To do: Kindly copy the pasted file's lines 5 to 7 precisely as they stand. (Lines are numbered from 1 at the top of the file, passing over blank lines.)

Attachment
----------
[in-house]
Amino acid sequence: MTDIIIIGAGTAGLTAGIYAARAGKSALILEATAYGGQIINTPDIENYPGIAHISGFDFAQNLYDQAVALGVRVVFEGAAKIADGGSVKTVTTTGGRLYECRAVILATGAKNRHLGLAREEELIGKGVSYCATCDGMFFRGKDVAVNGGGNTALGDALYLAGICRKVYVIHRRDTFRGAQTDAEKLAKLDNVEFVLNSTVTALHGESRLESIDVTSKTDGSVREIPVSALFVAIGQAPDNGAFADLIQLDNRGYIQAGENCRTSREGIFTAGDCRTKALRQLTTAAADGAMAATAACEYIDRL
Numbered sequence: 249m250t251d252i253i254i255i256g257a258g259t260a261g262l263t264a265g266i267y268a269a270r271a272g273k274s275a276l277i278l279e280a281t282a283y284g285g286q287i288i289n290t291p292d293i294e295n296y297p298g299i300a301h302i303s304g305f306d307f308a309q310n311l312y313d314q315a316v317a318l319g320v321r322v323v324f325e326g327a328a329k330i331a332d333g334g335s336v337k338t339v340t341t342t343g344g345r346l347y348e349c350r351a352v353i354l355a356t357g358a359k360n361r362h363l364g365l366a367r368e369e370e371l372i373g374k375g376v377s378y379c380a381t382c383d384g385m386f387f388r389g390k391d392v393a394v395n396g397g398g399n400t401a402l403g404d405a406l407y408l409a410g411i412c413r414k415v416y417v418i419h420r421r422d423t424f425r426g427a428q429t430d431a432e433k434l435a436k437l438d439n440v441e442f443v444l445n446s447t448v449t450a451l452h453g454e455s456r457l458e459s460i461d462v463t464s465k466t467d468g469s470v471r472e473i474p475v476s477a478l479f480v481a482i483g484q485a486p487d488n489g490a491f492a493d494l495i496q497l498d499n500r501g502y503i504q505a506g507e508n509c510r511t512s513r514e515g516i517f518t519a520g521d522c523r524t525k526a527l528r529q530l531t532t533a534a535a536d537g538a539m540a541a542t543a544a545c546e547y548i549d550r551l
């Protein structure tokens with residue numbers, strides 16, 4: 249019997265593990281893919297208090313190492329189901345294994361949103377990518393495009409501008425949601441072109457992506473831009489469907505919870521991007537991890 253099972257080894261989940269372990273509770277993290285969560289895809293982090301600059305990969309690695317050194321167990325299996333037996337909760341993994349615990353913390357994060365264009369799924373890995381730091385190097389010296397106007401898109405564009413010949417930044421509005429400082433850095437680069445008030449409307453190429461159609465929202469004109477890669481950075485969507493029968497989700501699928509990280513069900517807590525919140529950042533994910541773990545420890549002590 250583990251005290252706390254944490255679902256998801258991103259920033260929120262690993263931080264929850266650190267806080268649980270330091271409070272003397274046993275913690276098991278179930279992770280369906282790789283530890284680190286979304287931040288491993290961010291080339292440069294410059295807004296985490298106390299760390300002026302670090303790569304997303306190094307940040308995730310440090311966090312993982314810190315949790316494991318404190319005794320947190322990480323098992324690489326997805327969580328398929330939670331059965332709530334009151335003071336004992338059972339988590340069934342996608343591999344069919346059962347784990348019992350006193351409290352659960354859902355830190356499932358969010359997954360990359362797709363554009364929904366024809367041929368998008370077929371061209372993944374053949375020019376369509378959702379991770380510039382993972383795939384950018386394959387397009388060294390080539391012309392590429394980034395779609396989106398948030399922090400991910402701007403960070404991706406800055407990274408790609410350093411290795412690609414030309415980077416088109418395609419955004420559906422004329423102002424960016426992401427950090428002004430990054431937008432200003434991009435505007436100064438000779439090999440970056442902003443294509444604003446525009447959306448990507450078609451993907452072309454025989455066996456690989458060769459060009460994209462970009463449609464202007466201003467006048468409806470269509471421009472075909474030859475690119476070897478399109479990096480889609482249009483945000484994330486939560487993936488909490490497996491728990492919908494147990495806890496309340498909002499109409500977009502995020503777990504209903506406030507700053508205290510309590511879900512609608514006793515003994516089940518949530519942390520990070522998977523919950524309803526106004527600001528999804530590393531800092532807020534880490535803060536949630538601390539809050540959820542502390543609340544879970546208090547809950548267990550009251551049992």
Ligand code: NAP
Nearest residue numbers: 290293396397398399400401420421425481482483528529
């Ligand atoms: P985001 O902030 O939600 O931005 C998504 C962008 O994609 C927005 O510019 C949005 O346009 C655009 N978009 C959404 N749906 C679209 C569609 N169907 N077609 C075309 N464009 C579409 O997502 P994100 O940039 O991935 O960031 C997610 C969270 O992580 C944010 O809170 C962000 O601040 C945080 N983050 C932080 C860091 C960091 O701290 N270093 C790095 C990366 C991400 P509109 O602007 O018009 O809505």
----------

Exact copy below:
Ligand code: NAP
Nearest residue numbers: 290293396397398399400401420421425481482483528529
């Ligand atoms: P985001 O902030 O939600 O931005 C998504 C962008 O994609 C927005 O510019 C949005 O346009 C655009 N978009 C959404 N749906 C679209 C569609 N169907 N077609 C075309 N464009 C579409 O997502 P994100 O940039 O991935 O960031 C997610 C969270 O992580 C944010 O809170 C962000 O601040 C945080 N983050 C932080 C860091 C960091 O701290 N270093 C790095 C990366 C991400 P509109 O602007 O018009 O809505």